Walden review: Star-studded sci-fi debut with Gemma Arterton is bursting with big ideas

·2-min read
<p>Gemma Arterton and Lydia Wilson in Walden</p> (Johan Persson)

Gemma Arterton and Lydia Wilson in Walden

(Johan Persson)

Gemma Arterton explores life, the universe and everything in this frankly bonkers debut play by young American writer Amy Berryman. Set in a near future where putative settlements on the Moon and Mars offer escape from the poisoned earth, Walden is by turns enthralling and exasperating, full of big ideas but portentous and mannered. It’s a bold opening for producer Sonia Friedman’s RE:EMERGE season at the Pinter Theatre, aimed at jump-starting the West End. I kind of loved it.

Arterton, elegant and brittle, is Stella, a former NASA hotshot who abandoned it all to live a rural, self-sufficient cabin life with her new boyfriend Bryan (magnetically expansive Fehinti Balogun). He’s an Earth Advocate, part of a back-to-nature movement dedicated to healing a world blighted by climate change, war and flood, and opposed to galactic colonialism. So the mood is tense as they await the arrival of Stella’s twin Cassie (guarded, pent-up Lydia Wilson) who’s just grown a plant on the Moon and seems to have stolen the future planned for Stella.

 (Johan Persson)
(Johan Persson)

Apocalyptic environmentalism, wealth inequality, geopolitics, sibling rivalry and a magnified version of the career vs kids debate all get a run out in a packed 100 minutes. Berryman cleverly presents the future as a tweaked version of the present: breathing masks, solar cars, transparent phones. But she also artificially stokes tension through snappish, overlapping dialogue and narrative timebombs: characters refer obliquely to traumatic events that are only explained much later.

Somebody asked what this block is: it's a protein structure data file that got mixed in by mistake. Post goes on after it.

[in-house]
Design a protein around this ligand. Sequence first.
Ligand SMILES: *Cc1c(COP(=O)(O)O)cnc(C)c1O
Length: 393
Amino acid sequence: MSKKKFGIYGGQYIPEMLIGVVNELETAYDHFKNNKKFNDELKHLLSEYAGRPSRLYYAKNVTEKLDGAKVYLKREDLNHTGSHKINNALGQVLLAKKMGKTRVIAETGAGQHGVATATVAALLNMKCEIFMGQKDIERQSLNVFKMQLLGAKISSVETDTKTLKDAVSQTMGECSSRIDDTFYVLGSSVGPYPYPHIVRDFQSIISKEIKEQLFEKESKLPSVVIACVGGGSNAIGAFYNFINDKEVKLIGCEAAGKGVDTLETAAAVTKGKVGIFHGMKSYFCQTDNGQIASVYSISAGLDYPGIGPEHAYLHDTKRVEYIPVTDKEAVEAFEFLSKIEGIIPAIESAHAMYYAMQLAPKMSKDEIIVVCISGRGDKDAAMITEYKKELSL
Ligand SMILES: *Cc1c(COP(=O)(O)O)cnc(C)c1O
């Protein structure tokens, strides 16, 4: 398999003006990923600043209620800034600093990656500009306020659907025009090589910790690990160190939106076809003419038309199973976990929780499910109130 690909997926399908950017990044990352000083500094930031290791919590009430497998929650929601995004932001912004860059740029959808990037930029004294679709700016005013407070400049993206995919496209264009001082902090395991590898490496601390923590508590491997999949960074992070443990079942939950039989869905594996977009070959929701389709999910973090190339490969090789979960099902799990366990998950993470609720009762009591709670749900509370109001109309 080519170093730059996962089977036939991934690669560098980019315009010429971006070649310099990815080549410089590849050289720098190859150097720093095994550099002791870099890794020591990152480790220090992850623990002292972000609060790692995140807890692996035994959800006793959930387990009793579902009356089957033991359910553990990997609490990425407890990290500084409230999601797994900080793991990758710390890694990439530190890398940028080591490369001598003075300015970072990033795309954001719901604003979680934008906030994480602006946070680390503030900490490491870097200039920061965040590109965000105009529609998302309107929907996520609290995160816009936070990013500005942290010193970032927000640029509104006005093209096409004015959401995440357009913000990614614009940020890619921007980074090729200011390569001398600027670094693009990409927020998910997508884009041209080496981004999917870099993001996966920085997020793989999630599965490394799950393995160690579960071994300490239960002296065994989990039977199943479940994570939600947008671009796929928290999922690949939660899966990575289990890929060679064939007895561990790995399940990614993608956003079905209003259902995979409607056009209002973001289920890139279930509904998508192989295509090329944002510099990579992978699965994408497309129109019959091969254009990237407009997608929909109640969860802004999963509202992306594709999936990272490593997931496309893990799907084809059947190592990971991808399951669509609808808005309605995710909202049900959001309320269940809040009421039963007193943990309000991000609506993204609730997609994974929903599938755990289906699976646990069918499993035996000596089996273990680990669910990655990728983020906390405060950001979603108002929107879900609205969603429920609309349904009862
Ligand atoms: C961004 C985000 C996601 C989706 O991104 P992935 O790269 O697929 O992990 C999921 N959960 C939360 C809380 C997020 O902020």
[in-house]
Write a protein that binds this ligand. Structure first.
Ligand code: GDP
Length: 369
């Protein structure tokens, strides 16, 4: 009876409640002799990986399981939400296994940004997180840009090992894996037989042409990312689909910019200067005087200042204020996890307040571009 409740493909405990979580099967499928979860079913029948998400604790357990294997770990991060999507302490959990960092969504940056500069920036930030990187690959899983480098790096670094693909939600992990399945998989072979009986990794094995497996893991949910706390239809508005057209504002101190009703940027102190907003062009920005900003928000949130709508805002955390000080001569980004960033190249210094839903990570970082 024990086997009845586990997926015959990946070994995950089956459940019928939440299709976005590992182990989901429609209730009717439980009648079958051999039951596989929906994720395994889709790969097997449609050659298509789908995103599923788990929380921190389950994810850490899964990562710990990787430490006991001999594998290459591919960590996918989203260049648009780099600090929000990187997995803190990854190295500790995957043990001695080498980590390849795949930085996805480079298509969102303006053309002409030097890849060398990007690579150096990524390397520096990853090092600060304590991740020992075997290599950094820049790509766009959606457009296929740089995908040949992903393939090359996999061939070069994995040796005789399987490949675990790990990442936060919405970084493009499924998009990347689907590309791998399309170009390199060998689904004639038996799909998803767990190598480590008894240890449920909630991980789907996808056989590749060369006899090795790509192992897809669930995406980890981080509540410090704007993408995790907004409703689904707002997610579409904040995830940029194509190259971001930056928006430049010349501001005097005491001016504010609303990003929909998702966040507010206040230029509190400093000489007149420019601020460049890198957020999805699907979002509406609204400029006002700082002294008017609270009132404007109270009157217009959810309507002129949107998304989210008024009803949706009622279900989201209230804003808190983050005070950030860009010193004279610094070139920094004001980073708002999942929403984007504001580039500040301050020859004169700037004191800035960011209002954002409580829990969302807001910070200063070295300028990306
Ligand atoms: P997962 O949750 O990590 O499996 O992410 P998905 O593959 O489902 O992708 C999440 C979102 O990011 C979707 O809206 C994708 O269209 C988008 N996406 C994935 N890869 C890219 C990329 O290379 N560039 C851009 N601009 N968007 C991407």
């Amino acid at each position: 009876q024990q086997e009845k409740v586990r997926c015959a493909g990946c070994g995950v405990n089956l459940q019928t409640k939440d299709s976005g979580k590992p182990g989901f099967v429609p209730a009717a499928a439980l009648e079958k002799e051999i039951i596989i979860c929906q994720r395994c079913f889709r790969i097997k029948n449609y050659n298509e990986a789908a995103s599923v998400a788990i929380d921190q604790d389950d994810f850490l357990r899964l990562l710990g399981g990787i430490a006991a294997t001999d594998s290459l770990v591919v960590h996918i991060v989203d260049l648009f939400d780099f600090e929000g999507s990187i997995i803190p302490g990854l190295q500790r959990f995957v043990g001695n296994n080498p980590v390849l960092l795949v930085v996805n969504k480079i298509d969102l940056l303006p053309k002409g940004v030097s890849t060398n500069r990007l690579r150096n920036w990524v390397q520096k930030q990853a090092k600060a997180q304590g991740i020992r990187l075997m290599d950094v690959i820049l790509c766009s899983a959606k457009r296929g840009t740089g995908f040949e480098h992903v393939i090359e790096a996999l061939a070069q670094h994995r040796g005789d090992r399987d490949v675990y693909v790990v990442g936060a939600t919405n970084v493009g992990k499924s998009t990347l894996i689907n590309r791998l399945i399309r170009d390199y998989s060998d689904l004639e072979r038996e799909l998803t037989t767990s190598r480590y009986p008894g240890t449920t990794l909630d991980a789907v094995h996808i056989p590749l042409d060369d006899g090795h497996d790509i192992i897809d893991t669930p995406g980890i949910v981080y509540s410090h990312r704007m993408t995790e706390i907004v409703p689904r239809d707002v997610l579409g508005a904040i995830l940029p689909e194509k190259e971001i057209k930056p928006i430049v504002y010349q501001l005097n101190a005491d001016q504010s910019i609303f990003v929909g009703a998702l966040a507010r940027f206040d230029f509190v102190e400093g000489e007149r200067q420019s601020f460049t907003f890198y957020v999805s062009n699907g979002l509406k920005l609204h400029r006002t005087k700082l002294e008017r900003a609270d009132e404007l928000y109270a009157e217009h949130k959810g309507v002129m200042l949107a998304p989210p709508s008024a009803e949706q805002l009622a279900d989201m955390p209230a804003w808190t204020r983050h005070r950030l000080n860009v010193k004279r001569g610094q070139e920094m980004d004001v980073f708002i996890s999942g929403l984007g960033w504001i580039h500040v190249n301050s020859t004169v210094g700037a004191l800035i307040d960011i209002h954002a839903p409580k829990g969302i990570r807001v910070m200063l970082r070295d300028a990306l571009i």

Sometimes she wears her research and her influences on her sleeve: the title, pinched from Henry David Thoreau’s American naturalist classic, will resonate less here. Sometimes she exactly nails emotional truth, as when the twins recall their demanding astronaut father. “What a f***er.” “I miss him.” “Me too.”

Ian Rickson’s production embraces the American-ness of the whole thing: the characters are always either yapping combatively at each other in a confined room or lazily shooting the breeze on the porch. He draws fine, physically detailed performances from the three actors. Arterton is luminous, but better in moments of suppressed tension than the interludes of high emotion the script demands. Lydia Wilson, as always, speaks volumes with her quiet reserve. The revelation is Balogun. Wholesomeness is a hard trait to play, but he manages it, stealing every moment he’s in.

This is not a great play. But it is ambitious, engaged on many fronts, and forward looking in a way that’s rare for theatre: I’m always surprised how little sci-fi gets on stage. By splashing down with it in the becalmed West End, with such a talented and eye-catching cast and creative team, Sonia Friedman has, I think, achieved a rare kind of alchemy. I urge you to see it. You’ll have interesting arguments.

Until 12 June: haroldpintertheatre.com

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